Mosques of the World – Debunking Misconceptions of Islamic Art

Masjids of the World

For this piece, I created a data visualization, to illustrate a central point of Islamic Architecture being defined by local cultural contexts to enrich the subjects of debate between various scholars and critics of Islamic art. In the visualization, I map the geographic locations of various Masjids, by no means comprehensive, but my goal was to take a rather diverse sampling from them (in terms of style and geography).


By displaying the geographic spread of mosques around the world, I put into conversation the viewpoints of scholars such as Nasr, Faruqi, and Necipoglu. Here I will focus on Faruqi’s rebuttal to architecture scholar K.A.C. Creswell in Misconceptions of the Nature of Islamic Art and how it actually supplements Nasr’s consideration of geopolitical context for considering Islam. Contrary to Creswell’s belief that there is only a “Muslim architecture”, Faruqi rebuts that Islamic architecture as a category does exist (Faruqi 33). Through this aggregation of mosque locations, I show Faruqi’s point that Islamic architecture is defined by its unity across believers despite the wide geographic spread of Islam. The architecture, while stylistically regional and diverse, is nonetheless a feature of spreading Islamic influence reinforced by its architecture. Even though Islamic architecture rose out of regional diffusion and mixing with local architecture styles, it should not be ruled out as its own class of architecture simply because of its borrowing from local cultural contexts.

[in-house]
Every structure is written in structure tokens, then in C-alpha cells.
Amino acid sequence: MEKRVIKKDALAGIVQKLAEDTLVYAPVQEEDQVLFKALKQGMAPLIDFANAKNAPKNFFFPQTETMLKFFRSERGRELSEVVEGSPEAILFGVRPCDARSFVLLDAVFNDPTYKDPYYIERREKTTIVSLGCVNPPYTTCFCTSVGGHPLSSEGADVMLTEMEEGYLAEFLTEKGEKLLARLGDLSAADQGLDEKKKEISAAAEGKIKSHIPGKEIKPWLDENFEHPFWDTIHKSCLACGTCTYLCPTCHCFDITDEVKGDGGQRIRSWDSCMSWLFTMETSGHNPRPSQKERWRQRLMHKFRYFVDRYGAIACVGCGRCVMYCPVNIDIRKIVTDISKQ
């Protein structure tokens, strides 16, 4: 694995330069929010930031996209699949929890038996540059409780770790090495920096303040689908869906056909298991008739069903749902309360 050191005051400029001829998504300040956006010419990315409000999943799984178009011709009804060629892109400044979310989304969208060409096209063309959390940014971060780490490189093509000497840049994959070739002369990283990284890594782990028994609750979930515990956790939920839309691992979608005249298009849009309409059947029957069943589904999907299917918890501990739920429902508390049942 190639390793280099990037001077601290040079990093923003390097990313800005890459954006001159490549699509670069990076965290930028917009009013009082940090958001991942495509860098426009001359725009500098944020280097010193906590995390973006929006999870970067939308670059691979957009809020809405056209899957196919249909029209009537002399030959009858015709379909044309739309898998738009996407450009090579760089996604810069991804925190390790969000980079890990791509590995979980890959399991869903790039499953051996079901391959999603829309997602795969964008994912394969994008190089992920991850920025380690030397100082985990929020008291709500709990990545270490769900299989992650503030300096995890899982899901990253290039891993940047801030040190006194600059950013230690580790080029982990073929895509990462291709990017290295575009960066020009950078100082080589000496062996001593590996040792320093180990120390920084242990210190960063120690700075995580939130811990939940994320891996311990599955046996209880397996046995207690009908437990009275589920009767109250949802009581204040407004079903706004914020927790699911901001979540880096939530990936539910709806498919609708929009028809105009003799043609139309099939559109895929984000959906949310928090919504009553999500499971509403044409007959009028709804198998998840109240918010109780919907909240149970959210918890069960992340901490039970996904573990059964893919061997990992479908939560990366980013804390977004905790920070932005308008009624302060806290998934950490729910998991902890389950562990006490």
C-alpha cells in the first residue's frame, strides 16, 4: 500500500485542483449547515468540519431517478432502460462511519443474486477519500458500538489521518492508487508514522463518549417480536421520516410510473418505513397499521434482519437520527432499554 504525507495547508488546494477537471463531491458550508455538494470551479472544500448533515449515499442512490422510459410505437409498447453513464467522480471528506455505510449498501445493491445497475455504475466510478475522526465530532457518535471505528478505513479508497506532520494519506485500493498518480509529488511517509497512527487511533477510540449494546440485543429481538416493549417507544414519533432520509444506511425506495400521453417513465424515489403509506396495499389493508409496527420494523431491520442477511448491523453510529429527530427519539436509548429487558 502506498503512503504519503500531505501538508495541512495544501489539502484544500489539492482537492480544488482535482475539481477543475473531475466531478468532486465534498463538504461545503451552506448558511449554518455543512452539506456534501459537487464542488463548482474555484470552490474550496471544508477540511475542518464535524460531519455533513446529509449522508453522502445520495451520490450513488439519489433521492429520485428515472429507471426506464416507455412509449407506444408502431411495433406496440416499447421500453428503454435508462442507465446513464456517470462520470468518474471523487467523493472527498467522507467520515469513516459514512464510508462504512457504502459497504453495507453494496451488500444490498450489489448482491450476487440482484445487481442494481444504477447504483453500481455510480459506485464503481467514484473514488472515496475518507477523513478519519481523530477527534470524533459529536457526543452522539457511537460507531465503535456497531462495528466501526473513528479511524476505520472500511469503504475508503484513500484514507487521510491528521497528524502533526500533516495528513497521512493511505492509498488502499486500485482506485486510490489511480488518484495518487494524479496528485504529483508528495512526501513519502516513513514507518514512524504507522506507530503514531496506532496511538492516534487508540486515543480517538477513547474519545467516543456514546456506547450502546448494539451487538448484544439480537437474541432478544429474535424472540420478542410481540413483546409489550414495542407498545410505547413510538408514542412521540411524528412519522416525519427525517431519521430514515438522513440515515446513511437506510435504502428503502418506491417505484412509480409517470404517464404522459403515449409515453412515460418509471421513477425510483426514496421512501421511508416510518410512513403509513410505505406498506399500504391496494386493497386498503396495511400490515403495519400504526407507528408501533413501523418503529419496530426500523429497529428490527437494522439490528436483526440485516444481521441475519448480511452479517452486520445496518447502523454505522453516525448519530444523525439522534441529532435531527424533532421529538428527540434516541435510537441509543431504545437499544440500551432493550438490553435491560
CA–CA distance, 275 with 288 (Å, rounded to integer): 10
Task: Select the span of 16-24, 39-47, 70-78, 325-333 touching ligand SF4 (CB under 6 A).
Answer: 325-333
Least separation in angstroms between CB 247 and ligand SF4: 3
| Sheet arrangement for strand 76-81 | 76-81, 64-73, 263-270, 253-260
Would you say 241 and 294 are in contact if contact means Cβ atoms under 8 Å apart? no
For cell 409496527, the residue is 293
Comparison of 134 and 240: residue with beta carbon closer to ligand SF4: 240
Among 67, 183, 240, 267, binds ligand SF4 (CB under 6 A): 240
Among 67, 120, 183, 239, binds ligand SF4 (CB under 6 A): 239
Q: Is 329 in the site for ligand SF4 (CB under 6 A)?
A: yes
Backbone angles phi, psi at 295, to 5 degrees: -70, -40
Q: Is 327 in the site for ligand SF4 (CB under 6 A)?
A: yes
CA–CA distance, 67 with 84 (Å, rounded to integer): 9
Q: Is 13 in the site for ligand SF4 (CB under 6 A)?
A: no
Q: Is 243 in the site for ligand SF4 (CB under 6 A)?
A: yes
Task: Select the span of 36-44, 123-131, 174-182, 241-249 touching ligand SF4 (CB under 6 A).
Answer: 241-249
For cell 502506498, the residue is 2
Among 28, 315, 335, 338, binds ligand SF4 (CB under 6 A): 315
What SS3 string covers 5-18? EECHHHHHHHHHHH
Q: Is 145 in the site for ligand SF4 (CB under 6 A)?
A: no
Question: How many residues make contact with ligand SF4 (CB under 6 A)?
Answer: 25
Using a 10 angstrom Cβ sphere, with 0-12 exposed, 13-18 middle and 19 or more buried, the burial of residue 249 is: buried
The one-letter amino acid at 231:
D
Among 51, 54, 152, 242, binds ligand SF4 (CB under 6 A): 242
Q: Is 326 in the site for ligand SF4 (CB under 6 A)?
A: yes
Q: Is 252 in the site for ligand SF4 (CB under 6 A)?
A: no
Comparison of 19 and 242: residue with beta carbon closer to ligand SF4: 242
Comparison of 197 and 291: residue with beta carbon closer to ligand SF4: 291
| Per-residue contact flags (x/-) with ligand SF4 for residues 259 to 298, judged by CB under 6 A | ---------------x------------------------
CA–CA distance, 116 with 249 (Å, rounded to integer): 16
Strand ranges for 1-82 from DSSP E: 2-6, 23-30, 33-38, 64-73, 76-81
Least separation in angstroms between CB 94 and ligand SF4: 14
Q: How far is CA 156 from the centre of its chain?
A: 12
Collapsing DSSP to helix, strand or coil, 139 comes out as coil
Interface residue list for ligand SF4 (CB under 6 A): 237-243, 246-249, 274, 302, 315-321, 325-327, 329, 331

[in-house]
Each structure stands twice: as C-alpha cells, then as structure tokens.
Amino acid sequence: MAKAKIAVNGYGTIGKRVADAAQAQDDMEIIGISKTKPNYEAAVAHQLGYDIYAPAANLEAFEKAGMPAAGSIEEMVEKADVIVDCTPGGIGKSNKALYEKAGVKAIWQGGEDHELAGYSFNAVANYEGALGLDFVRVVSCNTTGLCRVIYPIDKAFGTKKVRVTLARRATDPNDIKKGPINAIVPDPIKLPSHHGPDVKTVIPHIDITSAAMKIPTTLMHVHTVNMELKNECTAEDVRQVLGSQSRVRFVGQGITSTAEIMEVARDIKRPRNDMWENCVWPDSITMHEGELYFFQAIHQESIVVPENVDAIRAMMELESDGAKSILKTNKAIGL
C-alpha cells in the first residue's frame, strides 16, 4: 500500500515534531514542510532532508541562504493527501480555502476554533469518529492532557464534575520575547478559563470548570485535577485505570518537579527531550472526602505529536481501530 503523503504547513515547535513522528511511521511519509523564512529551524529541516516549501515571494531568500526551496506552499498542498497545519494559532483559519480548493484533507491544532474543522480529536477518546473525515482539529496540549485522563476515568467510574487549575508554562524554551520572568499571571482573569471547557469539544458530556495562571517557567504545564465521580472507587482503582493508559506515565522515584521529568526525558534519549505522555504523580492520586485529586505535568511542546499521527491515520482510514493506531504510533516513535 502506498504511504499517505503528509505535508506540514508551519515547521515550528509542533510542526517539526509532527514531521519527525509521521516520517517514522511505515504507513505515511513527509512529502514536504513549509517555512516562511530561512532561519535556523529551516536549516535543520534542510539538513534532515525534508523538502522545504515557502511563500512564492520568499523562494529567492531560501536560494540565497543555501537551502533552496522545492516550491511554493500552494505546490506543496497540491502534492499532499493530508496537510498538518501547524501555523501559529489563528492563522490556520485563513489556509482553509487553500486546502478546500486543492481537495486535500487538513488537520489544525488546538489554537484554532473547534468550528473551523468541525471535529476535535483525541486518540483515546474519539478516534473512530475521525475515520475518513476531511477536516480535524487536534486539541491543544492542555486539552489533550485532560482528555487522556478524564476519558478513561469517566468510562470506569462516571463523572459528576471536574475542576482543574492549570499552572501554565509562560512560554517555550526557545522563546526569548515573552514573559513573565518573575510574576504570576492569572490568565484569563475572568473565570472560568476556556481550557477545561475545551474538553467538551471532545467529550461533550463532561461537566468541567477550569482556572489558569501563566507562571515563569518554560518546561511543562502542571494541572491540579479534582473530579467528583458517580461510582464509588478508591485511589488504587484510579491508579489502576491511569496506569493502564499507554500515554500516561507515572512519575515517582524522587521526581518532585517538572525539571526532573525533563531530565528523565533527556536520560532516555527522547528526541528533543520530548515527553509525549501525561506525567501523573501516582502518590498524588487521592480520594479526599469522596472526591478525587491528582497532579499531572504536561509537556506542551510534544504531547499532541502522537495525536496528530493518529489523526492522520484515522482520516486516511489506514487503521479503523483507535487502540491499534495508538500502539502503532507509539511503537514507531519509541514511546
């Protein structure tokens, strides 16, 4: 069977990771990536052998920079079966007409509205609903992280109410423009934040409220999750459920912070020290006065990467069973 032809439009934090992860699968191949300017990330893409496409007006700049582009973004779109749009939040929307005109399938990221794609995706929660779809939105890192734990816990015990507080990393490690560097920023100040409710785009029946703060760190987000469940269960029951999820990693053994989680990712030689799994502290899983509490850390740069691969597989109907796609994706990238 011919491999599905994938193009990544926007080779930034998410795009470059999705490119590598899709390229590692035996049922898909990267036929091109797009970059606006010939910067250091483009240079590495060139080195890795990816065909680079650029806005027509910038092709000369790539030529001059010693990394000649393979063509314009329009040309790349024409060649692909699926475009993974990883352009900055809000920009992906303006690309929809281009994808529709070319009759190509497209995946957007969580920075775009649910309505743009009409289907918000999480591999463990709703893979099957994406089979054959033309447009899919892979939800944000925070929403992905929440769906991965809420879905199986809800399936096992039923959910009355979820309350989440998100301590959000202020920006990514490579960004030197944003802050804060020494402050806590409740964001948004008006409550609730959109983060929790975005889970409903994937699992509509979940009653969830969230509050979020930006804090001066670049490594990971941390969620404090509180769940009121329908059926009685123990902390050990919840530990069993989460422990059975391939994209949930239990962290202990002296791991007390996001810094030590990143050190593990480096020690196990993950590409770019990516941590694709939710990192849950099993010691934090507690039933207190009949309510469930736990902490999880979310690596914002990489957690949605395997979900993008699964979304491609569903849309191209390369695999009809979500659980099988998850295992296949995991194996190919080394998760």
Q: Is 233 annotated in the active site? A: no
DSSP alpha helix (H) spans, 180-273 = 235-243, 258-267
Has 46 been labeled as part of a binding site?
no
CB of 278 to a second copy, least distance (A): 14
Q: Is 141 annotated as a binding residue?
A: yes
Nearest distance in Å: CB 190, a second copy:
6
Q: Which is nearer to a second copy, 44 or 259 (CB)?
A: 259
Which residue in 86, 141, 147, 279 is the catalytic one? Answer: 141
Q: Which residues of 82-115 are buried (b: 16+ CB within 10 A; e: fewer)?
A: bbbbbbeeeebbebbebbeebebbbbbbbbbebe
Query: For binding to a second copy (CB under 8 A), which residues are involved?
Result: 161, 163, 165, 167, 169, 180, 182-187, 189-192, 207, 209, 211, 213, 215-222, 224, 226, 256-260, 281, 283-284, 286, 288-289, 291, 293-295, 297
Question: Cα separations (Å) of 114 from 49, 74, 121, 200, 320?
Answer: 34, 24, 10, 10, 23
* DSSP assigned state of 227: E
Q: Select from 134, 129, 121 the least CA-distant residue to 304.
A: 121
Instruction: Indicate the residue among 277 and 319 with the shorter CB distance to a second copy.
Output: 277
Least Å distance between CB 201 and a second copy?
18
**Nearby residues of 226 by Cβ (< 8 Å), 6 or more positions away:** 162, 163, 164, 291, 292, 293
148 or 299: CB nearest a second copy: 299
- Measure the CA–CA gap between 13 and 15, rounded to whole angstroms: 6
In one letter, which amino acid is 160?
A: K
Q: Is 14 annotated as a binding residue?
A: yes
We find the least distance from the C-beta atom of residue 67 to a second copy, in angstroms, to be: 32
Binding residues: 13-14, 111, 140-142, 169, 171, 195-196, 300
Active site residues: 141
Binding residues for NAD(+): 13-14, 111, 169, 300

Furthermore, below the map, I created a panel that displays mosque details when their location dots are clicked. By displaying the mosque visuals as well, I invite the viewer to judge and find the patterns between the various mosques themselves. Here are a few to start. Can you see historical patterns emerge in the architecture? Which mosques have minarets? What about the particularly shaped domes distinctive of Persian influence?

My mosque image sources for this project are from Frishmann and Khan’s The Mosque.

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